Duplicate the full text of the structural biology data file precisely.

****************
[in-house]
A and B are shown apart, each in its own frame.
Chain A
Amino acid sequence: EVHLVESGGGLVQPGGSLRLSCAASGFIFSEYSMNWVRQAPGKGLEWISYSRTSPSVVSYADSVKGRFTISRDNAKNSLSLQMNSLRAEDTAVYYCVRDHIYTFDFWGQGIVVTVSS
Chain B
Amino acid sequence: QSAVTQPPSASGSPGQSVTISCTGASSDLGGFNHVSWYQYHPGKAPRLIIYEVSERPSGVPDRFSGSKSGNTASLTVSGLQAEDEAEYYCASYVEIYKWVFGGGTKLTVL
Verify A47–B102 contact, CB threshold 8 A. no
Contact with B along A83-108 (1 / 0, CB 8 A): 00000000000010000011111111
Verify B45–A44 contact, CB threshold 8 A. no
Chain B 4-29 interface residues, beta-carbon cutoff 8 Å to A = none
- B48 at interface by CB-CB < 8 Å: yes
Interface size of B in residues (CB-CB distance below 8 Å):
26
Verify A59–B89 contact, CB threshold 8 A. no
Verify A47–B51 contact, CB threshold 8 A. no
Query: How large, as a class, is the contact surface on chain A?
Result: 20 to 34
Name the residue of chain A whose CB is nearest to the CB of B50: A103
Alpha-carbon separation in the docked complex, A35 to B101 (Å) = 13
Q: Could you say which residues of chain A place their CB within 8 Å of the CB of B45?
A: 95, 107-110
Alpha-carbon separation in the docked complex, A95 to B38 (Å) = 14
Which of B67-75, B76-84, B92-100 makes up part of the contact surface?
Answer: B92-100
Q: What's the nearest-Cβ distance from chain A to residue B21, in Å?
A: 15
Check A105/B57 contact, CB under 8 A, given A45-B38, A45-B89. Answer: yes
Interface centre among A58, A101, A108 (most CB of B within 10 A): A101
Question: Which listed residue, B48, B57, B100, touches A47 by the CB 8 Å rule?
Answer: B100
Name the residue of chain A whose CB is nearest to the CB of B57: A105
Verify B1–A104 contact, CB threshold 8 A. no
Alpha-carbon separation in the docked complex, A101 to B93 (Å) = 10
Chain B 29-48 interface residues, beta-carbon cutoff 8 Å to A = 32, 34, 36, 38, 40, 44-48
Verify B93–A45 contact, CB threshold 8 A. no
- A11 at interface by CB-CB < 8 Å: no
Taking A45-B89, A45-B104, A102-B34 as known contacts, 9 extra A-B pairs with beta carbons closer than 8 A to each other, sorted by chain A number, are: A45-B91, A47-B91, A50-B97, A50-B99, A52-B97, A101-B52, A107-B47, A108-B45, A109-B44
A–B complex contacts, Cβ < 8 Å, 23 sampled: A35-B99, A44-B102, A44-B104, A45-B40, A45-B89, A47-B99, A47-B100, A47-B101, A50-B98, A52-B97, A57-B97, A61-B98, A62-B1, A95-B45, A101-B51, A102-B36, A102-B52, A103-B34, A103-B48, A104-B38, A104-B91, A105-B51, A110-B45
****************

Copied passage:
[in-house]
A and B are shown apart, each in its own frame.
Chain A
Amino acid sequence: EVHLVESGGGLVQPGGSLRLSCAASGFIFSEYSMNWVRQAPGKGLEWISYSRTSPSVVSYADSVKGRFTISRDNAKNSLSLQMNSLRAEDTAVYYCVRDHIYTFDFWGQGIVVTVSS
Chain B
Amino acid sequence: QSAVTQPPSASGSPGQSVTISCTGASSDLGGFNHVSWYQYHPGKAPRLIIYEVSERPSGVPDRFSGSKSGNTASLTVSGLQAEDEAEYYCASYVEIYKWVFGGGTKLTVL
Verify A47–B102 contact, CB threshold 8 A. no
Contact with B along A83-108 (1 / 0, CB 8 A): 00000000000010000011111111
Verify B45–A44 contact, CB threshold 8 A. no
Chain B 4-29 interface residues, beta-carbon cutoff 8 Å to A = none
- B48 at interface by CB-CB < 8 Å: yes
Interface size of B in residues (CB-CB distance below 8 Å):
26
Verify A59–B89 contact, CB threshold 8 A. no
Verify A47–B51 contact, CB threshold 8 A. no
Query: How large, as a class, is the contact surface on chain A?
Result: 20 to 34
Name the residue of chain A whose CB is nearest to the CB of B50: A103
Alpha-carbon separation in the docked complex, A35 to B101 (Å) = 13
Q: Could you say which residues of chain A place their CB within 8 Å of the CB of B45?
A: 95, 107-110
Alpha-carbon separation in the docked complex, A95 to B38 (Å) = 14
Which of B67-75, B76-84, B92-100 makes up part of the contact surface?
Answer: B92-100
Q: What's the nearest-Cβ distance from chain A to residue B21, in Å?
A: 15
Check A105/B57 contact, CB under 8 A, given A45-B38, A45-B89. Answer: yes
Interface centre among A58, A101, A108 (most CB of B within 10 A): A101
Question: Which listed residue, B48, B57, B100, touches A47 by the CB 8 Å rule?
Answer: B100
Name the residue of chain A whose CB is nearest to the CB of B57: A105
Verify B1–A104 contact, CB threshold 8 A. no
Alpha-carbon separation in the docked complex, A101 to B93 (Å) = 10
Chain B 29-48 interface residues, beta-carbon cutoff 8 Å to A = 32, 34, 36, 38, 40, 44-48
Verify B93–A45 contact, CB threshold 8 A. no
- A11 at interface by CB-CB < 8 Å: no
Taking A45-B89, A45-B104, A102-B34 as known contacts, 9 extra A-B pairs with beta carbons closer than 8 A to each other, sorted by chain A number, are: A45-B91, A47-B91, A50-B97, A50-B99, A52-B97, A101-B52, A107-B47, A108-B45, A109-B44
A–B complex contacts, Cβ < 8 Å, 23 sampled: A35-B99, A44-B102, A44-B104, A45-B40, A45-B89, A47-B99, A47-B100, A47-B101, A50-B98, A52-B97, A57-B97, A61-B98, A62-B1, A95-B45, A101-B51, A102-B36, A102-B52, A103-B34, A103-B48, A104-B38, A104-B91, A105-B51, A110-B45